The wheels have been set in motion for this year’s Ideological Turing Test, where Christians and Atheists imitate each other in order to understand each other better. You can contribute to the giant brainstorming thread and help pick the topic and format. (In year one, we did standards of evidence, year two: authority and aesthetics).
But speaking of shibboleths, I was delighted by the final word in the Scripps Spelling Bee: knaidel (meaning matzo ball or dumpling). No sooner the Merriam-Webster judges declared the victor than the kibbitzing began. Via the New York Times:
The preferred spelling has historically been kneydl, according to transliterated Yiddish orthography decided upon by linguists at the YIVO Institute for Jewish Research, the organization based in Manhattan recognized by many Yiddish speakers as the authority on all things Yiddish…
While most languages were formalized by national governments and their sanctioned language academies, Yiddish had no country and so relied on organizations like YIVO, which is the Yiddish acronym for Yiddish Scientific Institute and was based before World War II in what is now Vilnius, Lithuania. Experts like YIVO’s Max Weinreich and his son, Uriel, who compiled a Yiddish-English dictionary, set clear guidelines about how the language should be transliterated into English — though in that famously disputatious Jewish world those instructions were not always appreciated or obeyed.
For instance, rather than the “ch” in words like chutzpah and challah, the YIVO wordsmiths preferred “kh” because the “ch” could lead someone to a softer pronunciation, as in choice or chicken. YIVO uses the “kh” in words like khutspe (chutzpah), but most Yiddish speakers prefer the more popular variants.
Don’t worry. Amid all the controversy, the Times kept their eye on the ball and answered the question that had been burning within me since I heard the result:
Although he has never tasted a knaidel or a kneidl, [Arvind, the winner] will soon. He said his seventh-grade science teacher, Carol Lipton, had promised to bring one to school on Monday.
Since it was spelling bee season, the folks at Wonkblog explain why the bee is a uniquely American tradition.
One major reason is that spelling bees are only really challenging in English, a language that has borrowed lots of roots and words from other languages and has all sorts of odd vowel sounds and spelling irregularities. By contrast, a Spanish or German or Russian spelling bee would be boring — as soon as you can sound out a word, you can probably spell it.
Well, they may have easy to follow orthography, but we have The 25th Annual Putnam County Spelling Bee
Alas, since English lost its second person plural, we’ve had to compensate as best we can. So one new Bible translation decided to make the best of a bad lot:
It turns out there are at least 4,720 verses (2,698 in the Hebrew Bible and 2,022 in the Greek) with you plural translated as English “you” which could lead a reader to think it is directed at him or her personally rather than the Church as a community.So I initially set out to develop a plugin for a Bible software project that would convert all “You plurals” to “Y’all” for my Bible project. I liked it so much I decided to create a Google Chrome extension that does the same thing for some popular Bible websites (youversion.com/bible.com, biblegateway.com, biblehub.com).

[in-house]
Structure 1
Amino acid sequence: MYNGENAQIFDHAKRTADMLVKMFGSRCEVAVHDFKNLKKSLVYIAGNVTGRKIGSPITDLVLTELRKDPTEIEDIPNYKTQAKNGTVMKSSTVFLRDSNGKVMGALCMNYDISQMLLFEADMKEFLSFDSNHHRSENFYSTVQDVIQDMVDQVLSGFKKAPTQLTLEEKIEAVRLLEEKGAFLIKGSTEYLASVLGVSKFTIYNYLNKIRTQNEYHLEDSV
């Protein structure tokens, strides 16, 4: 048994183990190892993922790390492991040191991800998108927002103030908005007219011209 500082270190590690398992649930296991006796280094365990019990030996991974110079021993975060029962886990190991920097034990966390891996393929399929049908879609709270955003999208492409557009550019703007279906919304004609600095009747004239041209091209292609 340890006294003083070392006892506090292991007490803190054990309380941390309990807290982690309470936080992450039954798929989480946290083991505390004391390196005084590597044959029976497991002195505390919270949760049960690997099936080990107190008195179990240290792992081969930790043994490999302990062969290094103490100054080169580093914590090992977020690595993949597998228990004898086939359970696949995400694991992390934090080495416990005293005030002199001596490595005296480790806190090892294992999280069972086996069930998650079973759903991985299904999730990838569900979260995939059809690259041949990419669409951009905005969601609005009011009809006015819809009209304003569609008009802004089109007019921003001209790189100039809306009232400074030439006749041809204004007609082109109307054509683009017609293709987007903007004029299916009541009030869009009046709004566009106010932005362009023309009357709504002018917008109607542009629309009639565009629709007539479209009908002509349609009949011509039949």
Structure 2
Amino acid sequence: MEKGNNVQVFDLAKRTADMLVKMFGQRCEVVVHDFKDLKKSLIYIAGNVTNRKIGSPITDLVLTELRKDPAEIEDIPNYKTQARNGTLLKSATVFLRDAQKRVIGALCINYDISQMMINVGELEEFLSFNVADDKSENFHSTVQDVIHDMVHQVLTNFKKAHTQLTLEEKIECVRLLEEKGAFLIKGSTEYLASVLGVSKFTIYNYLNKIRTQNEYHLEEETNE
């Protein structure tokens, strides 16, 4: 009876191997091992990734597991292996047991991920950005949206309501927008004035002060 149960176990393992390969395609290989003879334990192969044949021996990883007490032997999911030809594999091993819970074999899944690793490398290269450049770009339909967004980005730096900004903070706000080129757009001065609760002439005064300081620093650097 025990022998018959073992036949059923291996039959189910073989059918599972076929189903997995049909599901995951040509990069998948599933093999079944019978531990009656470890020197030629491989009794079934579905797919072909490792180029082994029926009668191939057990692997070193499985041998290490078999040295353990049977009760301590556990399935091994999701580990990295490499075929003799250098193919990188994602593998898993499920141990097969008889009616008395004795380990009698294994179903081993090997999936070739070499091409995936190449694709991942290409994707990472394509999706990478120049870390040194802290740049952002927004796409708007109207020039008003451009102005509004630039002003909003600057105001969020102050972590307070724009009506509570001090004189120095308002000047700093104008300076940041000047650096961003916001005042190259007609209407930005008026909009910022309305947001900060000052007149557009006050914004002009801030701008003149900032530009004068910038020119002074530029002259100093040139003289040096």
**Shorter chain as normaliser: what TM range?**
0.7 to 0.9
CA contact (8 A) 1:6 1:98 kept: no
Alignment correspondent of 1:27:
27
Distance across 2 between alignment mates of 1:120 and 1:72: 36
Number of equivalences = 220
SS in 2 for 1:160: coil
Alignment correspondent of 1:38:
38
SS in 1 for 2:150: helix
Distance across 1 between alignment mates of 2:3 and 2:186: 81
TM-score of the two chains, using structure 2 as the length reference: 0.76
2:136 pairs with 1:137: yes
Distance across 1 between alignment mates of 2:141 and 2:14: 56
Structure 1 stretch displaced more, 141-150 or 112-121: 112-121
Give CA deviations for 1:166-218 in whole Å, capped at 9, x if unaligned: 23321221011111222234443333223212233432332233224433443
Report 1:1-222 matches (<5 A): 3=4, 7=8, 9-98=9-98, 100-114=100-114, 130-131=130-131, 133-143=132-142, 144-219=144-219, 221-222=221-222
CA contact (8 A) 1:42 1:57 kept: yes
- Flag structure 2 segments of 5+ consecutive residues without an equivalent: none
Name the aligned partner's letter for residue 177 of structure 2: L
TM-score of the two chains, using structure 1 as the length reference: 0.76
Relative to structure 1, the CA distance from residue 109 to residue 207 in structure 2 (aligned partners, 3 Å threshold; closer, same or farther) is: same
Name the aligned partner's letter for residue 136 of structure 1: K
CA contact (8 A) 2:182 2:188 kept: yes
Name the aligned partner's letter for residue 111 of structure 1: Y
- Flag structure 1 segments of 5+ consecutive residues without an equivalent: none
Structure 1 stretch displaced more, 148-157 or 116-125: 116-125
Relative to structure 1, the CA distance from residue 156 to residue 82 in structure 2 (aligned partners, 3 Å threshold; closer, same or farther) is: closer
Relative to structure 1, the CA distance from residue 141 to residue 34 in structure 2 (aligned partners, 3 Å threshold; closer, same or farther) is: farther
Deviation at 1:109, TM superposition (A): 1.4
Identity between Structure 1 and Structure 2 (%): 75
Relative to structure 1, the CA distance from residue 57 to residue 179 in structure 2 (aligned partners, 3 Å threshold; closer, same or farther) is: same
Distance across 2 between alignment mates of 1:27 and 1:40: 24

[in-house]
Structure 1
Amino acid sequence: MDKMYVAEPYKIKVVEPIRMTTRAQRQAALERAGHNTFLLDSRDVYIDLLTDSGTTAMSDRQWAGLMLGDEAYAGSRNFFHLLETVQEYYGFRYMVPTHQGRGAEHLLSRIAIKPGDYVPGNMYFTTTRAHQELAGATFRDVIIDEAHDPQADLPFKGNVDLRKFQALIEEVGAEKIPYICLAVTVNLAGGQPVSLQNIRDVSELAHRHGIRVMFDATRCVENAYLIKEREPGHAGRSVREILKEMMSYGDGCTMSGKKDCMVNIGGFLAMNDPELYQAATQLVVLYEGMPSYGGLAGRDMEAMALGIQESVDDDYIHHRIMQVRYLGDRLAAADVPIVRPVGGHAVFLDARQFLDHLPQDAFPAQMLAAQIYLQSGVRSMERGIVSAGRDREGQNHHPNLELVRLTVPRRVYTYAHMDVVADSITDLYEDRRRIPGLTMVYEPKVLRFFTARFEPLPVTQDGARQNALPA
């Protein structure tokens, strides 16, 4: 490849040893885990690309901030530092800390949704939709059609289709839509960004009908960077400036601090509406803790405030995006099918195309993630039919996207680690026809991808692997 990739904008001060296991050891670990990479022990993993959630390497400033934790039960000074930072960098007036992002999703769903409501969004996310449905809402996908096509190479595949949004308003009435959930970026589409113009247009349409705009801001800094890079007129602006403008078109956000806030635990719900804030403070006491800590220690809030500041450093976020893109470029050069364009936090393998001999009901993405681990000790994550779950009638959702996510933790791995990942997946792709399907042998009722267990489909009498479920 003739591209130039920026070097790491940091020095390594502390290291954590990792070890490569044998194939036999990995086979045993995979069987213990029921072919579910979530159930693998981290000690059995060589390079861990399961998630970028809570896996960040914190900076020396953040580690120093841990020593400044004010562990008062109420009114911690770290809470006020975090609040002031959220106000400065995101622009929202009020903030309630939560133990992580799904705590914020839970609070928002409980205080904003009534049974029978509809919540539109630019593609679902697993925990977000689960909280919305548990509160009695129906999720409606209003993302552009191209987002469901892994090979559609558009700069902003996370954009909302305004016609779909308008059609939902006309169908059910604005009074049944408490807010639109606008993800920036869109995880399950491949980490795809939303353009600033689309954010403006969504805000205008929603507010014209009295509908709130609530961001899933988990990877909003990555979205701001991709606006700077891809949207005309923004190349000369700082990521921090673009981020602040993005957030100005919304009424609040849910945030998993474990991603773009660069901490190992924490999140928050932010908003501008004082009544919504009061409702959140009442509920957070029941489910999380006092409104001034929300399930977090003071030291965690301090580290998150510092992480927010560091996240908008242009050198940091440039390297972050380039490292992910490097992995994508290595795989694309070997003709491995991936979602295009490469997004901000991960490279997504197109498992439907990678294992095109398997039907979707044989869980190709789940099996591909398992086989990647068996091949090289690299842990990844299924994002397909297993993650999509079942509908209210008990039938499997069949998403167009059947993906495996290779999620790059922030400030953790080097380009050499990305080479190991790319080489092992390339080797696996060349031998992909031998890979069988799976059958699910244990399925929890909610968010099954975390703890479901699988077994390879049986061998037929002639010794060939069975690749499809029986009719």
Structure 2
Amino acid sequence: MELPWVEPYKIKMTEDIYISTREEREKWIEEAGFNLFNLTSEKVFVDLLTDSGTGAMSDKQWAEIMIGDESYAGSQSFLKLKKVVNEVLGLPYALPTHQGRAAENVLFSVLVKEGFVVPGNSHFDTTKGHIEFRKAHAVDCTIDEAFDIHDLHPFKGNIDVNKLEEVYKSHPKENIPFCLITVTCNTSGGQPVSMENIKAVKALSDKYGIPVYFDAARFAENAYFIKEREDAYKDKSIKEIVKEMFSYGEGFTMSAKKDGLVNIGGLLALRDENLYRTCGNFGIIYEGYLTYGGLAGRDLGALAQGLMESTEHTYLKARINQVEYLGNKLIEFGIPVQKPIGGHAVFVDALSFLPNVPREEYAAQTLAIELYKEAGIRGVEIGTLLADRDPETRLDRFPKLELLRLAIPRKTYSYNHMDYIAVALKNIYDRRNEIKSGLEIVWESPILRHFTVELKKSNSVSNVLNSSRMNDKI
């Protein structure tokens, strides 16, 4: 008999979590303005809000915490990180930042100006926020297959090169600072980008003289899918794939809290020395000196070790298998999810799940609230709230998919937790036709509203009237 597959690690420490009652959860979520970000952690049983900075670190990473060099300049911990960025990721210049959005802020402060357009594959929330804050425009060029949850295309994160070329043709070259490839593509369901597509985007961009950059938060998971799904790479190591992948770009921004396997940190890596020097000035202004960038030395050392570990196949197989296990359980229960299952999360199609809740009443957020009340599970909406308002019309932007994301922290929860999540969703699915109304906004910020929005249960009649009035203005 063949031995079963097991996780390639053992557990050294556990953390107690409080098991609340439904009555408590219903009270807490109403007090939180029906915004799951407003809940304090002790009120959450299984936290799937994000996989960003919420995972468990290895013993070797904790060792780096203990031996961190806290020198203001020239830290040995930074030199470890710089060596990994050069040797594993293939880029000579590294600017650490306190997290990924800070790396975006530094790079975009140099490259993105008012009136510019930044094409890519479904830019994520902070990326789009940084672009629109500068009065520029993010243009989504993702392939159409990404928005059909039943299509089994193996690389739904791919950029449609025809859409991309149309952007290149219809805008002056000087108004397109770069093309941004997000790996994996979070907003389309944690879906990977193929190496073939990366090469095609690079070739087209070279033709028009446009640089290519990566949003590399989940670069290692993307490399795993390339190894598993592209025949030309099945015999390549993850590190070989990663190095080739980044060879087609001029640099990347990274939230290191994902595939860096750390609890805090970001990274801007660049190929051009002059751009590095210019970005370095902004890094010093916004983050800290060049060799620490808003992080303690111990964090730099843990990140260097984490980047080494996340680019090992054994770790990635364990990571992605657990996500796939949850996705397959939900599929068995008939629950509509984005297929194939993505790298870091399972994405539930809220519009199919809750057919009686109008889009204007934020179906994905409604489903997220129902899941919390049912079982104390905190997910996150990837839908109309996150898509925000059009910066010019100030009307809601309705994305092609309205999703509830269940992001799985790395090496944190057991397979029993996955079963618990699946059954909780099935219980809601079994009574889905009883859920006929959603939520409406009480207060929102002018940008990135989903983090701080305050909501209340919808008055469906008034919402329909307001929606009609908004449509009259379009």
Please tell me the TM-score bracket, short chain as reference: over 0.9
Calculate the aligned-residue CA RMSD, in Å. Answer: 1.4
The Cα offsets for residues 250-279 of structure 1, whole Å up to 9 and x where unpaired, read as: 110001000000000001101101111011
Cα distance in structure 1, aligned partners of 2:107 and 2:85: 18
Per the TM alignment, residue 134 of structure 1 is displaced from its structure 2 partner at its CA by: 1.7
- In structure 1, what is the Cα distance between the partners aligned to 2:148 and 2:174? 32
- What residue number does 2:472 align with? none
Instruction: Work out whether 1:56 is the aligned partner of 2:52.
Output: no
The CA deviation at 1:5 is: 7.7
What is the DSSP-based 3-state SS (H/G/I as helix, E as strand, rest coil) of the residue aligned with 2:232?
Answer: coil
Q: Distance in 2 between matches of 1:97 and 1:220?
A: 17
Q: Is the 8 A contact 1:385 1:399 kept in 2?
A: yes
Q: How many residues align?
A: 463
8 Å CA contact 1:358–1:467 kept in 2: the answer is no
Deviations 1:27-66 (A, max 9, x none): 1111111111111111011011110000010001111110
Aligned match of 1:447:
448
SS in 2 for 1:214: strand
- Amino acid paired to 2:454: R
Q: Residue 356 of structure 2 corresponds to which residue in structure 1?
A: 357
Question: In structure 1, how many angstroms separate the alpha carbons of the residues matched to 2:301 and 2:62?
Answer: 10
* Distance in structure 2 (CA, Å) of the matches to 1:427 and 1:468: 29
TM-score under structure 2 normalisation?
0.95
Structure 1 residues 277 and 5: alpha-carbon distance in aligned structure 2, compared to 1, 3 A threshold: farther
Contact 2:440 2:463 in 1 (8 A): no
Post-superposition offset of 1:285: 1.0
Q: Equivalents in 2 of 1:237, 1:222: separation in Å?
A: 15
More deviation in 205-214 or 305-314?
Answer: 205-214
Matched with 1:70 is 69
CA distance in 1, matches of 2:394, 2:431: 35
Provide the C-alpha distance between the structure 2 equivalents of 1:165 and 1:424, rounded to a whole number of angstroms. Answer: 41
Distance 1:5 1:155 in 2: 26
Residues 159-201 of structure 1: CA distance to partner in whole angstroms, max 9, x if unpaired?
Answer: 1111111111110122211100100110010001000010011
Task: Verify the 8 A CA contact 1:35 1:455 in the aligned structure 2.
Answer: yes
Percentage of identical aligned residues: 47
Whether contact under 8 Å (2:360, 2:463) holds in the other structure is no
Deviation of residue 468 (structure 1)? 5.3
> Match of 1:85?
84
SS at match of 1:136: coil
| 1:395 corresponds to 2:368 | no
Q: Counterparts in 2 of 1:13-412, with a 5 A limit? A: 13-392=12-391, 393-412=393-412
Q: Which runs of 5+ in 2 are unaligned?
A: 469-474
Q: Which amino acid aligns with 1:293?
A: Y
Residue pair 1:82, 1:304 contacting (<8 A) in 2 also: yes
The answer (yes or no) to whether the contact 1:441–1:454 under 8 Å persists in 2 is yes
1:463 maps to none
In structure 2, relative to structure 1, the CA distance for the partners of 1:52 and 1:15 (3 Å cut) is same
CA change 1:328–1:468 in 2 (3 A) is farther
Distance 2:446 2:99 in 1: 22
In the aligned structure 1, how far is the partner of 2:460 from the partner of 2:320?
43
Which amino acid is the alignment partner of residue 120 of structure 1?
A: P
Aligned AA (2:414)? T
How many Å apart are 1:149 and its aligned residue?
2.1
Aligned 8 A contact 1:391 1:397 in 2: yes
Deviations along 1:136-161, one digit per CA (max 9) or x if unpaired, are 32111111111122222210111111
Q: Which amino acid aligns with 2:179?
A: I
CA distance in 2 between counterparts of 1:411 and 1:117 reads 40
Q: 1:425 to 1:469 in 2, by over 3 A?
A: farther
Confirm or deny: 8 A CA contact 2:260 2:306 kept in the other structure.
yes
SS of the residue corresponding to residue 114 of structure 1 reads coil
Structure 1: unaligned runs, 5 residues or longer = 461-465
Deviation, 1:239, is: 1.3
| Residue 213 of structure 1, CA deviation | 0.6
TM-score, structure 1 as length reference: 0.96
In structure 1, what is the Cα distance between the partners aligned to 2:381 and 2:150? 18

Though my southern friends always told me that “y’all” was second person singular and “all y’all” was the plural.
But framing and context matters. In a recent study by Bullock, Gerber, Hill, and Hueber (“Partisan Bias in Factual Beliefs About Politics“) the researchers found, as per usual, that committed partisans appear to live in separate worlds. When asked a series of factual questions with known answers, their answers diverge sharply.
But when study participants were told that their answers would be scored and that they’d be paid for each correct response, the gap narrowed. Some pundits were enthused, but Bryan Caplan was less optimistic:
Question for Bullock et al.: Are real-world democratic elections more like your treatment condition with incentives, or without? Given voters’ low probability of decisiveness, the answer is clear: Real-world democratic elections closely resemble the treatment without incentives. After all, if a voter votes under the influence of partisan bias, what happens to him? The same thing that would have happened if he voted responsibly.
The thing that delights me most about Bullock et al’s paper is that they took a “known” finding, tweaked the experimental design a little, and were about to figure out how much the previous results represented a stable feature of reality or was context dependent. The Pacific Standard has a nice feature piece on how behavioural economists took a standard experiment (the ultimatum game) global and found that responses varied more by culture than they expected.
Unfortunately, these slightly-tweaked experiments only get attention when they differ from the established wisdom. Reinforcing it through replication is usually treated as trivial. So maybe someone needs to find the specific context where social scientists are incentivized to pursue altruistic, rigorous error checking of older results. And then we need to raise all grad students in that context.
This last take is apropos of nothing but its own marvelousness. A group of people repurposed an entire Cold War destroyer ship in order to have a massive Battlestar Galactica LARP (live action role play). I heard about this last year, but since parts of it were going to be conducted in Swedish, I wept and had no excuse to buy a plane ticket. But now, they’re trying to come stateside. (Possibly on the boat?).
Believe you me, I have subscribed to their newsletter.
For more Quick Takes, visit Conversion Diary!